Items in 9/11 Museum Gift Shop to be Scrutinized by Victims’ Families

By Corky Siemaszko New York Daily News

That cringeworthy U.S.-shaped cheese platter with hearts marking the spots where Al Qaeda terrorists crashed the hijacked planes has been yanked from the gift shop at the 9/11 museum. And the rest of the items on sale at the National September 11 Memorial & Museum are going to be subjected to a smell test by relatives of the victims who sit on the board.

“We have to remember that the sensitivity around 9/11 is so high,” Joe Daniels, president of the memorial foundation, told The Wall Street Journal.

The gift shop, which also sells such potentially tacky trinkets such as the $39 “Darkness” hoodie, a German Shepherd Search & Rescue Dog plush toy for $19.95, a 9/11 Memorial water bottle for $20.95, and “Survivor Tree” earrings priced to move at various prices, has been accused of cashing-in on the nation’s pain by critics of the museum.

Some of the victims’ relatives contend there shouldn’t be any gift shop on what most Americans consider sacred ground.

Daniels said they need the shop to help pay the bills. And museum officials point out that they have repeatedly reached out to family members for their input into the $700 million memorial, which opened to the public earlier this month.

Also, gift shops at memorials are not a new thing.

Arlington National Cemetery has a small bookstore that sells things such as magnets, lapel pins and T-shirts to commemorate the Tomb of the Unknowns.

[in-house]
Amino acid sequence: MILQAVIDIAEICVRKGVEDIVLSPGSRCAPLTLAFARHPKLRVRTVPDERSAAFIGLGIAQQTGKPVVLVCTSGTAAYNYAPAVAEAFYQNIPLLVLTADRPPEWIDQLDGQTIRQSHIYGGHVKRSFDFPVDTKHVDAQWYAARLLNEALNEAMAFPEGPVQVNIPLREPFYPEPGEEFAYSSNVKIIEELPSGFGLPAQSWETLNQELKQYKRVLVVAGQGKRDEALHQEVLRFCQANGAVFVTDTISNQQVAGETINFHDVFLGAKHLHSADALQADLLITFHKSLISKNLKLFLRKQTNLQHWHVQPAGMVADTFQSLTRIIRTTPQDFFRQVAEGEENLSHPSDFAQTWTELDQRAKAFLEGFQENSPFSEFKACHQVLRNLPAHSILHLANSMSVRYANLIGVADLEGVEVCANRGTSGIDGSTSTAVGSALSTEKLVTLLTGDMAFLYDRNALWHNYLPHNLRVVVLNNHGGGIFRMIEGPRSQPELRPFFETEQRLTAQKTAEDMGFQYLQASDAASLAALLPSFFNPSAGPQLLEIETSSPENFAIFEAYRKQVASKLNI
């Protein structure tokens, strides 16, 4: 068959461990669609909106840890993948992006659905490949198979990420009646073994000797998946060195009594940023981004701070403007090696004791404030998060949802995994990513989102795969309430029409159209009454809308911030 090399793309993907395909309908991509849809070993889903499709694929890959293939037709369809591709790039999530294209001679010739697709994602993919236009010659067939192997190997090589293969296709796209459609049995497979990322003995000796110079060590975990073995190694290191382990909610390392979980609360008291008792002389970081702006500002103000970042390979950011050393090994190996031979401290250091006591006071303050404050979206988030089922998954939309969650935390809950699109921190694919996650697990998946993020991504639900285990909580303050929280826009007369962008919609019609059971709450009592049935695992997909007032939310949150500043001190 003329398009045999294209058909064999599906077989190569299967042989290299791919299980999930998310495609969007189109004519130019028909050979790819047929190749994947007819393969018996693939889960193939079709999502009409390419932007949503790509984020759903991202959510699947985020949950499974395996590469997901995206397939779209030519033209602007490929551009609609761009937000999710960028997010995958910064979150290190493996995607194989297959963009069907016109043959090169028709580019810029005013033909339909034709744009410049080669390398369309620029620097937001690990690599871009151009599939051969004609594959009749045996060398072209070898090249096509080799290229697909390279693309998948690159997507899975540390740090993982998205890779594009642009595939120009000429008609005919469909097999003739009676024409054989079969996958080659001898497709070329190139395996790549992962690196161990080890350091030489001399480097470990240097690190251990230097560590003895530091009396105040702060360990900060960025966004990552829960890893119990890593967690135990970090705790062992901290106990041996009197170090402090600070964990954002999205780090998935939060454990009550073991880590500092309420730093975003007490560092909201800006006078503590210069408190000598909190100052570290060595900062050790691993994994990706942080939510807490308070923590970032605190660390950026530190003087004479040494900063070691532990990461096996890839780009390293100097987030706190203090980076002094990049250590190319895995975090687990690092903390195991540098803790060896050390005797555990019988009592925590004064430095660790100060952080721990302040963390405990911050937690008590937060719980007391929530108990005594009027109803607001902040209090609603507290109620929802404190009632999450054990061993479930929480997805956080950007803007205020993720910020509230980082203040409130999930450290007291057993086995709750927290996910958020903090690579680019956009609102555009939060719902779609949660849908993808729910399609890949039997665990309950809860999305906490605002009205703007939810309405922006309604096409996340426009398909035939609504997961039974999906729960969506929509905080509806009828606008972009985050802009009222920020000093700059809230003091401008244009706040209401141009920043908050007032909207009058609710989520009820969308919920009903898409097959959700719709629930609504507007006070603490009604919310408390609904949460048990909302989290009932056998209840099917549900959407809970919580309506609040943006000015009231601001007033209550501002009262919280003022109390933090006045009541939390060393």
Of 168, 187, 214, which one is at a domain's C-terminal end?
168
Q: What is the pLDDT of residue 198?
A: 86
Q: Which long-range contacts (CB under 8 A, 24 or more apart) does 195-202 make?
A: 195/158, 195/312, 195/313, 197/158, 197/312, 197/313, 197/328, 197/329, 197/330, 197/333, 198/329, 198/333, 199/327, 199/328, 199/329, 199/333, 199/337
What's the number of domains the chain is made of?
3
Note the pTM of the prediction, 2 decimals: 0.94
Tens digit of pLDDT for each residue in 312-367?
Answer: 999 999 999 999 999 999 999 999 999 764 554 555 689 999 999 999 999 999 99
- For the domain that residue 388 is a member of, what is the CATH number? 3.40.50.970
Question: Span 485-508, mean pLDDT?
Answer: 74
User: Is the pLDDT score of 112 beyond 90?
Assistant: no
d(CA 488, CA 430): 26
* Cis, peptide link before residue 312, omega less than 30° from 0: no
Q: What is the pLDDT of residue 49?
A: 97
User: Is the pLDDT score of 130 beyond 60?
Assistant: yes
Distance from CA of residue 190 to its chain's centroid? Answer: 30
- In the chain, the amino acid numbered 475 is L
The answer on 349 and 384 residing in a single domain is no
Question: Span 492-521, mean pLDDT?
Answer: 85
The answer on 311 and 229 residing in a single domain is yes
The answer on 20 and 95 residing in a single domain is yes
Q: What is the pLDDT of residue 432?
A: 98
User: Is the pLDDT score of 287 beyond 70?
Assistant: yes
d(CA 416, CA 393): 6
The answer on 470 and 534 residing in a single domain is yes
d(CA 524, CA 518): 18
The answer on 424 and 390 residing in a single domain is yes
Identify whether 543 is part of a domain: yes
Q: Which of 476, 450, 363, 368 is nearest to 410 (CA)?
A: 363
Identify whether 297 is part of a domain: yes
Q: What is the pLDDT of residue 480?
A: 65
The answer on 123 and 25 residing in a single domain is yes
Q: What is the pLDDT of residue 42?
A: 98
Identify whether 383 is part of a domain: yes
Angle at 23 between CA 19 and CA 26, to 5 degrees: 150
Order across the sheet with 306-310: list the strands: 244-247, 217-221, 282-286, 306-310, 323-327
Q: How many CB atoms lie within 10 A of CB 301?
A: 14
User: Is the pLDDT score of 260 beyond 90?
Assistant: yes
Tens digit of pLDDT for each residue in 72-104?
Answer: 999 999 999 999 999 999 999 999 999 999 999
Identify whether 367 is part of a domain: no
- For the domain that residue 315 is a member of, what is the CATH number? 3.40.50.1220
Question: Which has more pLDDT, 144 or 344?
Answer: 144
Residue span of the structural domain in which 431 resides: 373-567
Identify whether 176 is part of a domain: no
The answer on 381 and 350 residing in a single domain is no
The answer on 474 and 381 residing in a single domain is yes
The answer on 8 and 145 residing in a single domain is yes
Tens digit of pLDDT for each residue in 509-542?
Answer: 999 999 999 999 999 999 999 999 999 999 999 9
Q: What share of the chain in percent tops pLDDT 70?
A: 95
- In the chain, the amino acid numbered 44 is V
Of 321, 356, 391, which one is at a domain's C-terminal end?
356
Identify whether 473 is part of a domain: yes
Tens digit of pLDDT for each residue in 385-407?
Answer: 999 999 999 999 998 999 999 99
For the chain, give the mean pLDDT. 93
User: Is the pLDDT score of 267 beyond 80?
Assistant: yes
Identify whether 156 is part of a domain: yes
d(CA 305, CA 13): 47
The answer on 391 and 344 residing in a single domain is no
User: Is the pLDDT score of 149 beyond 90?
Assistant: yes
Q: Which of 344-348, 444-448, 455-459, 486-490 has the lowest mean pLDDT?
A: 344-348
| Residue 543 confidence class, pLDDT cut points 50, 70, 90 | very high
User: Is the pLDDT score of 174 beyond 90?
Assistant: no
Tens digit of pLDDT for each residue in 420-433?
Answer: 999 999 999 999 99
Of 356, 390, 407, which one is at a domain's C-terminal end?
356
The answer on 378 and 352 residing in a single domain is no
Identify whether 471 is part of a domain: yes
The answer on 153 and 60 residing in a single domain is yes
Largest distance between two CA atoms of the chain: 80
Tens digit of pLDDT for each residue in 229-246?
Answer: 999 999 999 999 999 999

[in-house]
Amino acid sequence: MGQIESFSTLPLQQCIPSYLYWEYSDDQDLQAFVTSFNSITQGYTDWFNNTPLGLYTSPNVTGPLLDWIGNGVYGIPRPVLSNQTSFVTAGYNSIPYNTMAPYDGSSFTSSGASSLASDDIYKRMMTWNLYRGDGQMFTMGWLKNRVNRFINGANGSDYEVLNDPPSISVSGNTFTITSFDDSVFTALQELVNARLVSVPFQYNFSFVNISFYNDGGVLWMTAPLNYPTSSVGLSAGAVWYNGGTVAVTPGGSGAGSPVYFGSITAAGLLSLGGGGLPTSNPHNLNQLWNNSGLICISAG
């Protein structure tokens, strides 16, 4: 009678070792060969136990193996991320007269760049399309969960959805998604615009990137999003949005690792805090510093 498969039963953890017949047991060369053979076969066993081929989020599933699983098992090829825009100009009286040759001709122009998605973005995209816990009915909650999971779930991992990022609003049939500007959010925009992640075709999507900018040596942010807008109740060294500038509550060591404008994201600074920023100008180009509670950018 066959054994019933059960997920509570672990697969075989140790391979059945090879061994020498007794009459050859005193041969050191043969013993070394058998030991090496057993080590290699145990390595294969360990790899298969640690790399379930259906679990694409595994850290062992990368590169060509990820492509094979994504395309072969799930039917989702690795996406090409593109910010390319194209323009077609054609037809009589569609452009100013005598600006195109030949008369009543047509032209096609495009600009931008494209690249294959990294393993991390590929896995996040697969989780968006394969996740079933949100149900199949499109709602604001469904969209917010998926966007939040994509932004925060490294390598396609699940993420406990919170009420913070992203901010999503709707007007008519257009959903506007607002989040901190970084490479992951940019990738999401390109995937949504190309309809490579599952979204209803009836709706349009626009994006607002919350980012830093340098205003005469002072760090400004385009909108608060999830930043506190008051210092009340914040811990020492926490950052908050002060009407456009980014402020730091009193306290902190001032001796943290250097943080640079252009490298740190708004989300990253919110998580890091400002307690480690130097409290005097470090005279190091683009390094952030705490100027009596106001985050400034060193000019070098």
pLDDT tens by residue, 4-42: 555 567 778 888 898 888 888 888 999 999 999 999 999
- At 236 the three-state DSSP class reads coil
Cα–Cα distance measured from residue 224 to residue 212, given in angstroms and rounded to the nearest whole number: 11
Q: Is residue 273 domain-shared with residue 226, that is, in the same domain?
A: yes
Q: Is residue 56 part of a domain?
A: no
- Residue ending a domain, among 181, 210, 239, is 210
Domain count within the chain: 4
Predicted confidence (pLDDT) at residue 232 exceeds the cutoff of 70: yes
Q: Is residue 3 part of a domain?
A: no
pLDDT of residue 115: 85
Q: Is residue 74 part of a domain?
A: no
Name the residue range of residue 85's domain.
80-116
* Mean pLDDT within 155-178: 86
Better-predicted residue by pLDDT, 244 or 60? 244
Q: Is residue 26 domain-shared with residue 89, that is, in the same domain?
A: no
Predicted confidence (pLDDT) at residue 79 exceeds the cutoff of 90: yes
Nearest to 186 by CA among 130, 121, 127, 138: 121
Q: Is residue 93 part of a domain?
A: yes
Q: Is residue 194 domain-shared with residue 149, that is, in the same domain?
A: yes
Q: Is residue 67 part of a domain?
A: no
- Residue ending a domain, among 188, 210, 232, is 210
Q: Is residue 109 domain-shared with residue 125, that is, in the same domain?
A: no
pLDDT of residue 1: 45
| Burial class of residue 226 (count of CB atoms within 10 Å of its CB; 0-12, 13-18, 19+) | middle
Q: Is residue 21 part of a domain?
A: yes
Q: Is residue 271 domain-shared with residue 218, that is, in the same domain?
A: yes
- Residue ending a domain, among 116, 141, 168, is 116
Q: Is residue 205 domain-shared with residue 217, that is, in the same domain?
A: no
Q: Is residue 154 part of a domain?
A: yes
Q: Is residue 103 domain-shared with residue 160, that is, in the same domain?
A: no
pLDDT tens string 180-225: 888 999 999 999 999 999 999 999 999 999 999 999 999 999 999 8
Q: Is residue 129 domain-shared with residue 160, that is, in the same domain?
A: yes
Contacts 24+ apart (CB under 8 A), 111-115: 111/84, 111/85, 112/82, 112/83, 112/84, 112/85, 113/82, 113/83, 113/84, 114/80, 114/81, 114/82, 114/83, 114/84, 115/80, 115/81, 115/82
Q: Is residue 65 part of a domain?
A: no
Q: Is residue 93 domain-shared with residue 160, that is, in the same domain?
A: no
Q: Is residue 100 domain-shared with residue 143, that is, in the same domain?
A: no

The U.S. Holocaust Memorial Museum in Washington D.C. also has a museum shop, which sells books, menorahs, “Never Again” patches, and World War II posters.

There are also gift shops at the memorial to the Oklahoma City bombing and at Pearl Harbor in Hawaii.

Still, a gift shop at the September 11 museum continues to stir up strong emotions with some of those who lost loved ones on 9/11.

“It’s crass commercialism on a literally sacred site,” Kurt Horning, whose son Matthew died in the 9/11 attacks, said last week after the museum opened. “It’s a burial ground. We don’t think there should be those things offered on that spot.”

There are other issues about the museum that continue to rankle some of the relatives, especially those who never got a body to bury.

On Tuesday, relatives of some of the unidentified WTC victims renewed their demand that the remains housed in the bowels of the new museum be moved to an above-ground tomb.

In response, museum officials re-released a “summary of outreach” effort that outlined attempts made to gauge relatives’ opinions on how best to give the dead their due.

It states that a fraction of victims’ families opposed the design that includes “a repository for the remains at bedrock, along with a private space for families only.”

Relatives were also infuriated by reports that former Mayor Michael Bloomberg and 50 other big shots threw a booze-filled bash at the museum after it opened.

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